There Might Be an East Coast Hurricane Next Week. But It’s Too Soon to Tell.
Over the Labor Day weekend, social media feeds flooded with stark warnings about a major storm slamming the East Coast of the United States next week. That hypothetical storm just became Tropical Depression 13, according to the National Hurricane Center.
Before you freak out, it is far too early to say with any degree of certainty that a major hurricane will make landfall along the Eastern Seaboard.
On Tuesday morning, the depression was moving west-northwest at 15 miles per hour in a remote area of the central Atlantic, where computer models that were run over the weekend indicated that it would become a hurricane. Those models had some social media users in a tizzy about the depression’s becoming Tropical Storm Lee — the next name on the Hurricane Center’s tropical cyclone list — and possibly hitting the U.S. East Coast as a hurricane.
That is understandable. Meteorologists have been watching the depression since it began to appear in computer models before the holiday weekend. The Hurricane Center will name it Lee when its wind speed reaches 39 m.p.h., if another storm doesn’t form first.
If it has an impact on land, the earliest would be this weekend in the Leeward Islands in the northeastern Caribbean.
Some of the biggest hurricanes to hit the East Coast, like an unnamed hurricane that hit Long Island in 1938, or Hugo, which made landfall in South Carolina in 1989, began in a similar region of the central Atlantic, far from land. This storm is expected to become a strong hurricane, if not a major hurricane, and it will track west toward the United States. It could make landfall along the Eastern Seaboard, but it is just as likely, or possibly even more likely, that it will stay out to sea and away from the U.S. East Coast.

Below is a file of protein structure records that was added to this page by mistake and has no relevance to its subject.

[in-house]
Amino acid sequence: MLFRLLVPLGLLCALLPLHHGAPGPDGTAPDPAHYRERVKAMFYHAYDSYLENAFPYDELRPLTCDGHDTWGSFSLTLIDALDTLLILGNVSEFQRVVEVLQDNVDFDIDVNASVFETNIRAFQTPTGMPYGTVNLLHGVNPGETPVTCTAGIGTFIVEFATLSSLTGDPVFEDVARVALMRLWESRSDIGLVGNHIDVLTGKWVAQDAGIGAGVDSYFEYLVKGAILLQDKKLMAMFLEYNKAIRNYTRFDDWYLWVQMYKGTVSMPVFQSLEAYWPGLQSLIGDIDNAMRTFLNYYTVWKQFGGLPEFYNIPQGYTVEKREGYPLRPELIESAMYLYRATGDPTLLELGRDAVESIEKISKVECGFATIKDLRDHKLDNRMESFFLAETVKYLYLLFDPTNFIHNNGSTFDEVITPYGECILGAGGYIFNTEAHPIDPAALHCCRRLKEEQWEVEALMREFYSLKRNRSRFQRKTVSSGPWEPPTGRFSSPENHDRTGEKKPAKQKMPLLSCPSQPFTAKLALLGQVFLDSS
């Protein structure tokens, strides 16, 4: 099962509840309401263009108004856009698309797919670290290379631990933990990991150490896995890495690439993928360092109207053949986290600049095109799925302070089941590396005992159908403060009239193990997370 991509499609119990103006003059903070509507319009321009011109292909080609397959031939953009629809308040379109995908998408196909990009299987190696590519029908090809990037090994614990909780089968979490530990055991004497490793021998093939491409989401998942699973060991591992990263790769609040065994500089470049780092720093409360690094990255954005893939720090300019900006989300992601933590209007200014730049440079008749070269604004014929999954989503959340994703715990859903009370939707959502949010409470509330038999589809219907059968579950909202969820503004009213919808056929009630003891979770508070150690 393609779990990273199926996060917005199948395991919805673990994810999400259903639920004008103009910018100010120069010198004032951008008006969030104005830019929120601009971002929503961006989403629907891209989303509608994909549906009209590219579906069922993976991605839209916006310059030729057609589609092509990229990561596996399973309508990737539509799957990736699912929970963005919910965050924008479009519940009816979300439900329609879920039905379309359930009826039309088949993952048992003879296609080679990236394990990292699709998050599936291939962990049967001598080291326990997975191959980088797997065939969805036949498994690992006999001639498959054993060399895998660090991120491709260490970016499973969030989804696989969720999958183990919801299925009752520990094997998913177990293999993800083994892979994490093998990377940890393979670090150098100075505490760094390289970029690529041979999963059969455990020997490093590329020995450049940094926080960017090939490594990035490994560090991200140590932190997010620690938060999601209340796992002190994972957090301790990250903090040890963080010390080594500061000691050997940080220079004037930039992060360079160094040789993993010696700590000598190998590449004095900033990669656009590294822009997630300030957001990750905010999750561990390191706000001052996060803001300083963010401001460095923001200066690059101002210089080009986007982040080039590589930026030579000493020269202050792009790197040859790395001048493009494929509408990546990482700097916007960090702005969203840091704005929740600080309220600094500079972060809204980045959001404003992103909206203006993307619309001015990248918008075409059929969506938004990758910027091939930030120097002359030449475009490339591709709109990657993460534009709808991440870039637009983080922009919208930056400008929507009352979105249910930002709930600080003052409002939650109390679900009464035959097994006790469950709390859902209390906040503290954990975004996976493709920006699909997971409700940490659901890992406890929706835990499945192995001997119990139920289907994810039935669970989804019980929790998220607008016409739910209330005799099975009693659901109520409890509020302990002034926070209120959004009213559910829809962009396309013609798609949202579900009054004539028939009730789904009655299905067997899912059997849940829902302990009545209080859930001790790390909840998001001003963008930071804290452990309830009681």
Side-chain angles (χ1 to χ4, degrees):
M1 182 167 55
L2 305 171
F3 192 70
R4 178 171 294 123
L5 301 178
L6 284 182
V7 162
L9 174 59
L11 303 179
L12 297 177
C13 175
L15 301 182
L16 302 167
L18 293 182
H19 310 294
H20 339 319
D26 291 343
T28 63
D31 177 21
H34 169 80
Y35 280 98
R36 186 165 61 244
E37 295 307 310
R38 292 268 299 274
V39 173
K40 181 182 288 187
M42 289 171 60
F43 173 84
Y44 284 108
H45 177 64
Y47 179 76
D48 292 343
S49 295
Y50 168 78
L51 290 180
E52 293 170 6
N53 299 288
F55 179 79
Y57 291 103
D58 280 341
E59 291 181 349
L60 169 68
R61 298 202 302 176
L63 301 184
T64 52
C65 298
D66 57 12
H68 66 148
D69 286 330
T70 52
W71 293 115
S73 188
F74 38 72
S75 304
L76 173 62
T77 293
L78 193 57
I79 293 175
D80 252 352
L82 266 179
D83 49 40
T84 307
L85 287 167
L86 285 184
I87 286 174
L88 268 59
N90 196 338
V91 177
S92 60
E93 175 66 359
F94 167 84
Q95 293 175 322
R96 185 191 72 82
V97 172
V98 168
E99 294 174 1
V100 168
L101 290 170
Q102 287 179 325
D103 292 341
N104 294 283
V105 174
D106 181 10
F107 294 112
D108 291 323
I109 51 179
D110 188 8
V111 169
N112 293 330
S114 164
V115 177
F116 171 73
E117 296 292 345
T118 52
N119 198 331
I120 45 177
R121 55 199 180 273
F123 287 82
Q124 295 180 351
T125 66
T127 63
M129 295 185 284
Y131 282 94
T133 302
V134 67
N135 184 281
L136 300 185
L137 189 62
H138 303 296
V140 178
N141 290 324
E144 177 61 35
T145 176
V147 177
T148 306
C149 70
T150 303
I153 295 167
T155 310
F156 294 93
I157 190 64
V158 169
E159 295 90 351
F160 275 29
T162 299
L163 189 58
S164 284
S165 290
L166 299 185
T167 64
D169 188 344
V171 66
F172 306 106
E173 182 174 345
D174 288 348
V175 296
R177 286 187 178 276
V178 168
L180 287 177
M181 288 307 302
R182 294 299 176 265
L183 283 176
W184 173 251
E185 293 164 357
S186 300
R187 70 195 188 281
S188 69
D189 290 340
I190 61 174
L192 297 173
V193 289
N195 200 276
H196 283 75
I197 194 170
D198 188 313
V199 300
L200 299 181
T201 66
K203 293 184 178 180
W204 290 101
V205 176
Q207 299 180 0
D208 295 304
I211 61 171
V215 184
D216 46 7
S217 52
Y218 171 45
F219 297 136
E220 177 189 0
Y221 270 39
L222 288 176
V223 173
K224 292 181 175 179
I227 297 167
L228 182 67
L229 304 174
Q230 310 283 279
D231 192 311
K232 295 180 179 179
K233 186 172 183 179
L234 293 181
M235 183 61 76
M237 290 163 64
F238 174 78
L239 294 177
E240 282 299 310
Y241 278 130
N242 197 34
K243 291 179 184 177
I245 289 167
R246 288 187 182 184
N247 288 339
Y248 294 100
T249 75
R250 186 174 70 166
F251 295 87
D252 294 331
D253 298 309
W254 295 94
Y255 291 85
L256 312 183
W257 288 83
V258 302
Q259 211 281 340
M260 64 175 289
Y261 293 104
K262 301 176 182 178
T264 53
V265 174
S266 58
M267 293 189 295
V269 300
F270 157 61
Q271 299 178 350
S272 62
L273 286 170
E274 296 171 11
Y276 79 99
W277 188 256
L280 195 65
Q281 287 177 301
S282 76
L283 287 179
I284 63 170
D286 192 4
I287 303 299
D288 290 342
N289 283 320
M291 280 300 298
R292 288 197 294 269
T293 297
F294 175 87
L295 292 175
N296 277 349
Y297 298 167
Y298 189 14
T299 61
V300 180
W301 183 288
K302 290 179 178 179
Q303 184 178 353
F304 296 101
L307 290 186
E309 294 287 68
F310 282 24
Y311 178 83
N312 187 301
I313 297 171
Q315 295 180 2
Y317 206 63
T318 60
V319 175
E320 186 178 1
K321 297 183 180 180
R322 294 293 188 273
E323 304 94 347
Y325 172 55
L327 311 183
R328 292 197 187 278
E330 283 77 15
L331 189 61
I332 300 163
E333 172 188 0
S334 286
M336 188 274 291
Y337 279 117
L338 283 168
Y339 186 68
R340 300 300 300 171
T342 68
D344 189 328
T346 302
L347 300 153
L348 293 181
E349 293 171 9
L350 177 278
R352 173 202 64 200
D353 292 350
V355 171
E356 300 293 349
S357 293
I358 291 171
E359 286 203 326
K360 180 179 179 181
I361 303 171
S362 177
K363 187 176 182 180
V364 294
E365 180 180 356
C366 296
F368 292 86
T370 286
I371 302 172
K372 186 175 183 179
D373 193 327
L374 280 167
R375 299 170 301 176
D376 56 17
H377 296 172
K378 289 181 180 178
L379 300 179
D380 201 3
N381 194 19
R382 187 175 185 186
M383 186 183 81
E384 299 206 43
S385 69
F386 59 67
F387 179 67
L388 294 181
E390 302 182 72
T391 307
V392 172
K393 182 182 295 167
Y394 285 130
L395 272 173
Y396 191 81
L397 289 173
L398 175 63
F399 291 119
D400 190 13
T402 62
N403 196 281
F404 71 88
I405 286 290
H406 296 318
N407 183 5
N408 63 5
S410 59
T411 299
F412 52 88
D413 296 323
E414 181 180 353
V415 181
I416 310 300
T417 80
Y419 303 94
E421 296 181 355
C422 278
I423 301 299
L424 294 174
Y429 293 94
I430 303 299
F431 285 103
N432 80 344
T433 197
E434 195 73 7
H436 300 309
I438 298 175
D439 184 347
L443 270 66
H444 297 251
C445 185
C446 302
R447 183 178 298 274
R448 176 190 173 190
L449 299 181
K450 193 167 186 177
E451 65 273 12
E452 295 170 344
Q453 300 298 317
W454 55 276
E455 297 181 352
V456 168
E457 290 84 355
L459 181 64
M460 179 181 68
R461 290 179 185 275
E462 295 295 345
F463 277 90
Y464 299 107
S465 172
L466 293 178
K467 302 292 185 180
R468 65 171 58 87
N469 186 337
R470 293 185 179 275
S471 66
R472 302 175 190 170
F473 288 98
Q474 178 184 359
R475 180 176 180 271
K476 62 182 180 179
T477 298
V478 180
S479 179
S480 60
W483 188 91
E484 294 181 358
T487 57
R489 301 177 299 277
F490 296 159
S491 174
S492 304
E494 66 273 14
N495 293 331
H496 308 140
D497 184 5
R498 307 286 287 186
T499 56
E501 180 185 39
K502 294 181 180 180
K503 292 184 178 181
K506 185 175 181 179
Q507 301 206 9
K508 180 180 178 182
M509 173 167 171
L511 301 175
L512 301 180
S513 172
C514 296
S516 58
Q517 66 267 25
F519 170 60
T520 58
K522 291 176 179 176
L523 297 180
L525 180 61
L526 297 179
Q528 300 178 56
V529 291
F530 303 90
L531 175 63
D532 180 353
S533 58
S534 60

Social media posts about a hypothetical storm’s avoiding land aren’t typically shared as much as an image of a forecast model that shows a major storm 14 days away from hitting a major U.S. city. That is why scary posts, such as one that warned of a “horrendous situation for the East Coast of the United States,” took off this weekend.
For now, there are too many unknowns and too many things that could change before the storm comes close to North America. It is likely that this will be a big storm and that it will move west before it turns north and then northeast. The question is when will it make that turn.
It all has to do with the steering currents, and as of Tuesday morning the computer forecast models were indicating an earlier turn toward the north and northeast. That would put Bermuda more at risk than the United States or Canada. More will be known as more data is collected this week and that data is incorporated into the computer models.
Even if this storm doesn’t make a direct landfall anywhere, it is likely to cause rip currents and big waves along the U.S. East Coast next week. This storm is worth monitoring, but not worth freaking out about.
Judson Jones is a meteorologist and reporter for The Times, covering extreme weather around the world. More about Judson Jones
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